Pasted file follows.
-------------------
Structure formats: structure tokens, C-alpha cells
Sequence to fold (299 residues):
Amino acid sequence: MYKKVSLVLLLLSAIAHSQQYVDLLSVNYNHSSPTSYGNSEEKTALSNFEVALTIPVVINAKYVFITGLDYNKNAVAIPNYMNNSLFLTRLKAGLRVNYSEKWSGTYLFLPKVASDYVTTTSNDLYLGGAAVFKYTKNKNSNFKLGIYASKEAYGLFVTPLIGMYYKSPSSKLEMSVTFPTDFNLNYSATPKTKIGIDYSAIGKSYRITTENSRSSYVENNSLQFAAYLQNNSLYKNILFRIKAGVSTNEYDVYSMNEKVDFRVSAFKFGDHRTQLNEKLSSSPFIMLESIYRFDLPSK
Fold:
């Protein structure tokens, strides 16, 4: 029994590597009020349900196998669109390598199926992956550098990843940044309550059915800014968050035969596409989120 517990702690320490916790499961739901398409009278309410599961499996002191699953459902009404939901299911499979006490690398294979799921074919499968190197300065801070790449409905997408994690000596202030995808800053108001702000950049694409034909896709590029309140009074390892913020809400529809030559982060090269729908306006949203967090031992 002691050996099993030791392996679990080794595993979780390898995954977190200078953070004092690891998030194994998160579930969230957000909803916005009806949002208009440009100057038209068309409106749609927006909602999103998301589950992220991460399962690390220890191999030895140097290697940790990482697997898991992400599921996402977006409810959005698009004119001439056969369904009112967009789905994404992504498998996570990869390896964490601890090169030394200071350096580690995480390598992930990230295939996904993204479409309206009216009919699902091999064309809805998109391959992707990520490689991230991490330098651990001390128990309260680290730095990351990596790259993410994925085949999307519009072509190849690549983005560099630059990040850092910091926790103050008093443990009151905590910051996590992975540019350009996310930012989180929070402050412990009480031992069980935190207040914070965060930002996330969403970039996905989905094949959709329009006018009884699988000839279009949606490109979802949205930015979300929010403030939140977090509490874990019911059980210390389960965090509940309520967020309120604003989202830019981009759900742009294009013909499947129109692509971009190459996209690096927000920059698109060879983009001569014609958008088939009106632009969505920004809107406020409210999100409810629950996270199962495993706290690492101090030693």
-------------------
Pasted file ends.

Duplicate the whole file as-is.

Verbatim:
Structure formats: structure tokens, C-alpha cells
Sequence to fold (299 residues):
Amino acid sequence: MYKKVSLVLLLLSAIAHSQQYVDLLSVNYNHSSPTSYGNSEEKTALSNFEVALTIPVVINAKYVFITGLDYNKNAVAIPNYMNNSLFLTRLKAGLRVNYSEKWSGTYLFLPKVASDYVTTTSNDLYLGGAAVFKYTKNKNSNFKLGIYASKEAYGLFVTPLIGMYYKSPSSKLEMSVTFPTDFNLNYSATPKTKIGIDYSAIGKSYRITTENSRSSYVENNSLQFAAYLQNNSLYKNILFRIKAGVSTNEYDVYSMNEKVDFRVSAFKFGDHRTQLNEKLSSSPFIMLESIYRFDLPSK
Fold:
């Protein structure tokens, strides 16, 4: 029994590597009020349900196998669109390598199926992956550098990843940044309550059915800014968050035969596409989120 517990702690320490916790499961739901398409009278309410599961499996002191699953459902009404939901299911499979006490690398294979799921074919499968190197300065801070790449409905997408994690000596202030995808800053108001702000950049694409034909896709590029309140009074390892913020809400529809030559982060090269729908306006949203967090031992 002691050996099993030791392996679990080794595993979780390898995954977190200078953070004092690891998030194994998160579930969230957000909803916005009806949002208009440009100057038209068309409106749609927006909602999103998301589950992220991460399962690390220890191999030895140097290697940790990482697997898991992400599921996402977006409810959005698009004119001439056969369904009112967009789905994404992504498998996570990869390896964490601890090169030394200071350096580690995480390598992930990230295939996904993204479409309206009216009919699902091999064309809805998109391959992707990520490689991230991490330098651990001390128990309260680290730095990351990596790259993410994925085949999307519009072509190849690549983005560099630059990040850092910091926790103050008093443990009151905590910051996590992975540019350009996310930012989180929070402050412990009480031992069980935190207040914070965060930002996330969403970039996905989905094949959709329009006018009884699988000839279009949606490109979802949205930015979300929010403030939140977090509490874990019911059980210390389960965090509940309520967020309120604003989202830019981009759900742009294009013909499947129109692509971009190459996209690096927000920059698109060879983009001569014609958008088939009106632009969505920004809107406020409210999100409810629950996270199962495993706290690492101090030693």